Julius Randle's season has been an unmitigated disappointment after all of the hope and optimism surrounding his Most Improved Player campaign a year ago. His numbers are down across the board, and after earning the No. 4 seed in the Eastern Conference, the Knicks have fallen out of the top 10 this season. Randle looked like New York's franchise player before the season. Now, the team and the city are wondering what his future is even with the franchise.

Those questions have come to a head in recent days with unsubstantiated reports claiming that Randle had requested a trade after Monday's game against the Chicago Bulls. Randle himself has now officially denied those claims, telling SNY's Ian Begley "That's just not true bro, it's just not true. It's just as simple as that."

Randle could not have been traded for most of the season. He signed a four-year extension during the offseason that imposed a six-month trade restriction. That restriction lifted on Feb. 3, a week before the deadline, and the Knicks obviously did not move him the seven days that they had to do so. Whether or not they considered it remains unknown.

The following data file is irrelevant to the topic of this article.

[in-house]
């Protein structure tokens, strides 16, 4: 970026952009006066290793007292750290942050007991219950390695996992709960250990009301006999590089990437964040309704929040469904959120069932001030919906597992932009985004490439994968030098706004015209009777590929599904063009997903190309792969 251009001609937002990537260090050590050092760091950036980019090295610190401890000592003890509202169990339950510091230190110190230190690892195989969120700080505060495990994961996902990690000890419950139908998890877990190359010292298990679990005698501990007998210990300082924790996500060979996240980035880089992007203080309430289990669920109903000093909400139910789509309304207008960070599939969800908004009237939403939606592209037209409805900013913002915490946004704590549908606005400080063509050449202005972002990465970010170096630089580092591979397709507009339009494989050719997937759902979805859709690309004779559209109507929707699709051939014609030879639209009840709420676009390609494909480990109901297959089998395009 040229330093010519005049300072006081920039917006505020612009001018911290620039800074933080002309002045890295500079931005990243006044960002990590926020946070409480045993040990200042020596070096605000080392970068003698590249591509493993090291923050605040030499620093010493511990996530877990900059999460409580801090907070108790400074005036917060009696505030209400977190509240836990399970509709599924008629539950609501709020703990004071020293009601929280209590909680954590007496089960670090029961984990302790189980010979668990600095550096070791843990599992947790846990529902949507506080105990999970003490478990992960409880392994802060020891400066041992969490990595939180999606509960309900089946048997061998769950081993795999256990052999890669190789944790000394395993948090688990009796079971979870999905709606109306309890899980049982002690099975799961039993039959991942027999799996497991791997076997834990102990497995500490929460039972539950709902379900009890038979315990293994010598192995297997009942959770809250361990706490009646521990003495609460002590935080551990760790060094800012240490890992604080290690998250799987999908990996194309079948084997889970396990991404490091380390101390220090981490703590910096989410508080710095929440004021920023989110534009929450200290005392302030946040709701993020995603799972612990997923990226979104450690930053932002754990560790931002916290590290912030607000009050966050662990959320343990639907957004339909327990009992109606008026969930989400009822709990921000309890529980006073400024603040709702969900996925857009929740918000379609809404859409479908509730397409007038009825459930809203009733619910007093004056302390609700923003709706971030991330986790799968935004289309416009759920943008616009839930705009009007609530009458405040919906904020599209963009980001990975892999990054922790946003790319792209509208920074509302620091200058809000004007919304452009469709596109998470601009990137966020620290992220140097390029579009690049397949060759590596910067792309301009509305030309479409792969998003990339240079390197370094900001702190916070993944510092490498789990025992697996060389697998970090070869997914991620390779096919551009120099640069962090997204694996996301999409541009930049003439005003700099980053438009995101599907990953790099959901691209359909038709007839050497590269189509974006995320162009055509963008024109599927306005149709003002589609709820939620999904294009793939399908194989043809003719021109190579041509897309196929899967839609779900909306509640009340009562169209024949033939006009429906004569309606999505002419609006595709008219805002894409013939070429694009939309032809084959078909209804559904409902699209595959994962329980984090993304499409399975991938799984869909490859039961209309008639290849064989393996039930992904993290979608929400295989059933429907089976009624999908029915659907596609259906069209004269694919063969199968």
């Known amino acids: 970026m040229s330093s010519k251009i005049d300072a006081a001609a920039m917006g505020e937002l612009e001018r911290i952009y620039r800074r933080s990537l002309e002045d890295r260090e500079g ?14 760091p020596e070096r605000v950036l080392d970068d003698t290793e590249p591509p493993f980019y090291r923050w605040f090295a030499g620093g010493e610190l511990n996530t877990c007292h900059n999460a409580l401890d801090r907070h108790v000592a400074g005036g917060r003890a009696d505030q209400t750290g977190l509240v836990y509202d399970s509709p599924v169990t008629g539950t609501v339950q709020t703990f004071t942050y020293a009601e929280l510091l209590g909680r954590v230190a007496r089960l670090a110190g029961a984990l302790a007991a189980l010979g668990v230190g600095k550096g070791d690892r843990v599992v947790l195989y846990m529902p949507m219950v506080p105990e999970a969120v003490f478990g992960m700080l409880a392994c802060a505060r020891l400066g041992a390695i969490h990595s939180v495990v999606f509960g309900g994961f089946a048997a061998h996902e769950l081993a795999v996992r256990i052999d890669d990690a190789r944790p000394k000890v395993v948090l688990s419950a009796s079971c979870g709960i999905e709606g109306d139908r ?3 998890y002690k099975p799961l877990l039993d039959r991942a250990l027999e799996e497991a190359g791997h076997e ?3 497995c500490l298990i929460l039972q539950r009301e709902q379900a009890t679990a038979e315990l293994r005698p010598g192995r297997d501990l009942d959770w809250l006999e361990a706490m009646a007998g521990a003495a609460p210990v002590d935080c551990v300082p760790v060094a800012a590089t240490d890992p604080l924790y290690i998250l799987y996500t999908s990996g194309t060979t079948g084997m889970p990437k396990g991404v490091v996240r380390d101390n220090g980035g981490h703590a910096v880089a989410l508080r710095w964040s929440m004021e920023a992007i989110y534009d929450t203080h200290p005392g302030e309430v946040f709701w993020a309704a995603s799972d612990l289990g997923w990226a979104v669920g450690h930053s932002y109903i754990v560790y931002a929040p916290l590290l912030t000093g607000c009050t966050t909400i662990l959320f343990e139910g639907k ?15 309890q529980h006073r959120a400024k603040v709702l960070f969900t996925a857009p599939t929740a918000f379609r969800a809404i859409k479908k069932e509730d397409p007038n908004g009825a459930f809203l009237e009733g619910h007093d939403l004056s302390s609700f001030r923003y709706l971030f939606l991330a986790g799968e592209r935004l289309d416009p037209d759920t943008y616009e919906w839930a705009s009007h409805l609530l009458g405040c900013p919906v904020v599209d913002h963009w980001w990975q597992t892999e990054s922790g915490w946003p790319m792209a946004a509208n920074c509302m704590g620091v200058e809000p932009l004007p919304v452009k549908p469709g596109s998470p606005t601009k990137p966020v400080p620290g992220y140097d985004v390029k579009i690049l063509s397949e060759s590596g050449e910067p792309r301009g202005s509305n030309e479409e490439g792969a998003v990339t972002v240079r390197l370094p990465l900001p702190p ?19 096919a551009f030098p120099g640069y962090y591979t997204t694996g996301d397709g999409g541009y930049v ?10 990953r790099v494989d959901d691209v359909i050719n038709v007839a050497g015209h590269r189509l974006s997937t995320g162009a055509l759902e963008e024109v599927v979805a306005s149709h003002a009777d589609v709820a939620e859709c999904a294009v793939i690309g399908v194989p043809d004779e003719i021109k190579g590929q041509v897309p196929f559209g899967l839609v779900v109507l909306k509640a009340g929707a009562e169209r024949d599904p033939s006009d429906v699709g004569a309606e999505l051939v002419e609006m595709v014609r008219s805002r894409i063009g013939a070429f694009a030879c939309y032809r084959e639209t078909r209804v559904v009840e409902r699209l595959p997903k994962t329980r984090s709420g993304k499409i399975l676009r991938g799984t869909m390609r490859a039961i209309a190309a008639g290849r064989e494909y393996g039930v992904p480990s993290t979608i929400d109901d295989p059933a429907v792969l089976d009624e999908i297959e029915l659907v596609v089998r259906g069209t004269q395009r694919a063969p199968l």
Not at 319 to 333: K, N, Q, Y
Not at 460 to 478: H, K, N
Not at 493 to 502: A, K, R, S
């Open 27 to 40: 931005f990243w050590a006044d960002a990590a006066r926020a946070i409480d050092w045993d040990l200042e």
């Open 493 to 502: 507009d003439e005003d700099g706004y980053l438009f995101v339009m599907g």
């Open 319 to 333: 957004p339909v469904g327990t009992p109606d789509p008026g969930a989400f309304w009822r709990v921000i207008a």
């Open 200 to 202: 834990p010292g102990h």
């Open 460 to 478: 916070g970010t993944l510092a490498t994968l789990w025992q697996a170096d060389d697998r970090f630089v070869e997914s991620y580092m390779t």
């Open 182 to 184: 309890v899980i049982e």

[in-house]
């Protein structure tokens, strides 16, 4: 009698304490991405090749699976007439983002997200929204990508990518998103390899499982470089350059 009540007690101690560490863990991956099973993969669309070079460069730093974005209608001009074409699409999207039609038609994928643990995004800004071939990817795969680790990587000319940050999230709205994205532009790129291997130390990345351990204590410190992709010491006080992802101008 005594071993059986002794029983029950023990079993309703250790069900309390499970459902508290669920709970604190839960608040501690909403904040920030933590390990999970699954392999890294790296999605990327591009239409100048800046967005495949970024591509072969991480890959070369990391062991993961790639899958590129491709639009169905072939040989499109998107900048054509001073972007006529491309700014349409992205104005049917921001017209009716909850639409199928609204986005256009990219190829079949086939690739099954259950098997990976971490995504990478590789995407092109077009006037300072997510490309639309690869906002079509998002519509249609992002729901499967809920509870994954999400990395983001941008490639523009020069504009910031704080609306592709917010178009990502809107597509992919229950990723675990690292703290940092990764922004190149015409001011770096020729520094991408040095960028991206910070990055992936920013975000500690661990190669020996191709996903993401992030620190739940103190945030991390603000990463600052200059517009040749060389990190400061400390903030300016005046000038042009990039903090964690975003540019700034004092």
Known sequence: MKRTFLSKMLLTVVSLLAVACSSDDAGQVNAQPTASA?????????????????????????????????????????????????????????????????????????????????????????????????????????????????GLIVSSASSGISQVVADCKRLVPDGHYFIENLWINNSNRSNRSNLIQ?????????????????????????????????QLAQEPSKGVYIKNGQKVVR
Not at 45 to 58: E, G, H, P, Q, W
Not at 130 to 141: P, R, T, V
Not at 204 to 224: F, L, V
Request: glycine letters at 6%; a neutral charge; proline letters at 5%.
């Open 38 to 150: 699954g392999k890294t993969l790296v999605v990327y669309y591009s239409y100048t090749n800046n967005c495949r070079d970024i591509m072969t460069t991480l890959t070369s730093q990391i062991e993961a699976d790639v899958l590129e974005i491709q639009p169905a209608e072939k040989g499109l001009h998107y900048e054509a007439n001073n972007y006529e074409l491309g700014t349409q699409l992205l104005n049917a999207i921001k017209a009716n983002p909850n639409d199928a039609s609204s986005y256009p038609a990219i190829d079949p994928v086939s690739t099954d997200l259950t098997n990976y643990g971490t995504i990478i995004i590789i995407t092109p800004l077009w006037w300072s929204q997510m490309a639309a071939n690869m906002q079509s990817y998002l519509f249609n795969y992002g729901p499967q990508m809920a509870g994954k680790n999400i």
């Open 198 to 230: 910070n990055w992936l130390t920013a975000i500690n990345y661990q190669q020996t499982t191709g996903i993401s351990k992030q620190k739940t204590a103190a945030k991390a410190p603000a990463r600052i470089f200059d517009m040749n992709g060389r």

The New York Post's Marc Berman reported Tuesday that there are NBA sources who believe that the Knicks will try to trade Randle this offseason for a center if Mitchell Robinson leaves in free agency. Longtime Randle confidante Kenny Payne, who coached him in college at Kentucky and again with the Knicks, left the team recently to become the head coach at Louisville.

But trading Randle on that four-year extension likely won't be easy. He is still putting up numbers—20 points, 10 rebounds and five assists per night—but on relatively inefficient numbers and with inconsistent effort defensively. His body language has been picked apart as well. He has been fined this season for refusing to speak to the media, leading many to question his leadership. Those concerns would likely draw some hesitation from interested parties. Randle is owed over $100 million on his new contract.

But there is no such thing as an untradeable contract in the NBA, and the overwhelming majority of players who want trades don't go public with their desires. If these two sides want to separate in the offseason, there will be a way for them to do so. For now, though, there's still room to believe that Randle and the Knicks can turn things around next season.